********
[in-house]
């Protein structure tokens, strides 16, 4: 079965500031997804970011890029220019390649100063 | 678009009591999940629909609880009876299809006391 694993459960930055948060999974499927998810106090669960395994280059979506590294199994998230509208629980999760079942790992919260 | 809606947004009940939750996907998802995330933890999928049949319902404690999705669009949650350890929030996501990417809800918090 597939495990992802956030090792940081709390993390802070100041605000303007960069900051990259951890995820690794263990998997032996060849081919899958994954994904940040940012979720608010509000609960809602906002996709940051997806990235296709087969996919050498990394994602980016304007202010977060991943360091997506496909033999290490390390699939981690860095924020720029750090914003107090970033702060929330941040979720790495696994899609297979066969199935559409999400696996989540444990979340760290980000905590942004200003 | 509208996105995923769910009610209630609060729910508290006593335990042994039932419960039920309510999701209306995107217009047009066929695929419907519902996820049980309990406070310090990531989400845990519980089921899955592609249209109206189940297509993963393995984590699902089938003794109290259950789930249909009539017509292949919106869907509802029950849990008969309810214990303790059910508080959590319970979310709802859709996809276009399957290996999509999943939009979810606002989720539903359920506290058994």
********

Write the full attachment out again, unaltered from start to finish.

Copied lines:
[in-house]
């Protein structure tokens, strides 16, 4: 079965500031997804970011890029220019390649100063 | 678009009591999940629909609880009876299809006391 694993459960930055948060999974499927998810106090669960395994280059979506590294199994998230509208629980999760079942790992919260 | 809606947004009940939750996907998802995330933890999928049949319902404690999705669009949650350890929030996501990417809800918090 597939495990992802956030090792940081709390993390802070100041605000303007960069900051990259951890995820690794263990998997032996060849081919899958994954994904940040940012979720608010509000609960809602906002996709940051997806990235296709087969996919050498990394994602980016304007202010977060991943360091997506496909033999290490390390699939981690860095924020720029750090914003107090970033702060929330941040979720790495696994899609297979066969199935559409999400696996989540444990979340760290980000905590942004200003 | 509208996105995923769910009610209630609060729910508290006593335990042994039932419960039920309510999701209306995107217009047009066929695929419907519902996820049980309990406070310090990531989400845990519980089921899955592609249209109206189940297509993963393995984590699902089938003794109290259950789930249909009539017509292949919106869907509802029950849990008969309810214990303790059910508080959590319970979310709802859709996809276009399957290996999509999943939009979810606002989720539903359920506290058994």